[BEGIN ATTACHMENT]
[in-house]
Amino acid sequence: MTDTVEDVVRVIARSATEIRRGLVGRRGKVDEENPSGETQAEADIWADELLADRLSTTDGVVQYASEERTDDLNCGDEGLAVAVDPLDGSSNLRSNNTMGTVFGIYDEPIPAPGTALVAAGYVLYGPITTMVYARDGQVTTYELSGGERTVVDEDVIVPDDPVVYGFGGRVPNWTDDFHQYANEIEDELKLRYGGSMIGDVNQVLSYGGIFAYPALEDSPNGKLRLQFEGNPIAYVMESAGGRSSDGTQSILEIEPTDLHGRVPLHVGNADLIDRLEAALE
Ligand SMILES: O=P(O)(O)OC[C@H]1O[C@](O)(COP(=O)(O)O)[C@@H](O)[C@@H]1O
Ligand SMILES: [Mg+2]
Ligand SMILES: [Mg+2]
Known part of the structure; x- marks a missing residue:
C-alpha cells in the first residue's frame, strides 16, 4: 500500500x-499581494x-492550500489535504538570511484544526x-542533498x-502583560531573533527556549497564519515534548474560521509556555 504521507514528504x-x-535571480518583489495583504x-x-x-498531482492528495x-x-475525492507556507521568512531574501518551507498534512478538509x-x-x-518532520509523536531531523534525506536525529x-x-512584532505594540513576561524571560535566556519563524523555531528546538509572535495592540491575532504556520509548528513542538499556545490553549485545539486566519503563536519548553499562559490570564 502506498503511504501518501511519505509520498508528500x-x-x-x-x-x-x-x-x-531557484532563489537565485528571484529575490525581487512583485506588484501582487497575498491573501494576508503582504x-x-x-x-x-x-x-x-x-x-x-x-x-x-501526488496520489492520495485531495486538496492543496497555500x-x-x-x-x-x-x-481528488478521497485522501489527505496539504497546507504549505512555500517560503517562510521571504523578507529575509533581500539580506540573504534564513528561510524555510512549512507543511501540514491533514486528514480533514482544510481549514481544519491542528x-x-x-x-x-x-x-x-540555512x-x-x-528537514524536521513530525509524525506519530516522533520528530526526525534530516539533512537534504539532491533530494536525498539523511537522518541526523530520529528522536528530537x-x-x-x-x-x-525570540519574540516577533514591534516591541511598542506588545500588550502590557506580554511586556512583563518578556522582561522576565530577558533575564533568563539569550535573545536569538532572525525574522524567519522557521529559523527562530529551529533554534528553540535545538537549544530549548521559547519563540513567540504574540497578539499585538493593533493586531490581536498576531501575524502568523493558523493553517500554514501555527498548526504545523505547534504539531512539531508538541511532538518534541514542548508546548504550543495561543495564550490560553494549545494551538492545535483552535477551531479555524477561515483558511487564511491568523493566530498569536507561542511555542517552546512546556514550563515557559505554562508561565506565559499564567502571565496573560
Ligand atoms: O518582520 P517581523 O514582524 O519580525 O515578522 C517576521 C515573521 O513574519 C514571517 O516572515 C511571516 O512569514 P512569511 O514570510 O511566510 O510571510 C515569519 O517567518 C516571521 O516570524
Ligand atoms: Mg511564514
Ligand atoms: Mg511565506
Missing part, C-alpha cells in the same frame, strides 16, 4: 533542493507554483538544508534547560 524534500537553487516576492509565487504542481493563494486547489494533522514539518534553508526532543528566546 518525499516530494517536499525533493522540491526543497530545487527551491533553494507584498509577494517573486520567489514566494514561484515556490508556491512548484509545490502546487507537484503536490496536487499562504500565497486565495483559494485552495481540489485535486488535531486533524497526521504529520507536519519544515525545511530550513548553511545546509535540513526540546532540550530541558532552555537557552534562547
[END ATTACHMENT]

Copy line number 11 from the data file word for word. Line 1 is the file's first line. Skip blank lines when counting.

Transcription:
Missing part, C-alpha cells in the same frame, strides 16, 4: 533542493507554483538544508534547560 524534500537553487516576492509565487504542481493563494486547489494533522514539518534553508526532543528566546 518525499516530494517536499525533493522540491526543497530545487527551491533553494507584498509577494517573486520567489514566494514561484515556490508556491512548484509545490502546487507537484503536490496536487499562504500565497486565495483559494485552495481540489485535486488535531486533524497526521504529520507536519519544515525545511530550513548553511545546509535540513526540546532540550530541558532552555537557552534562547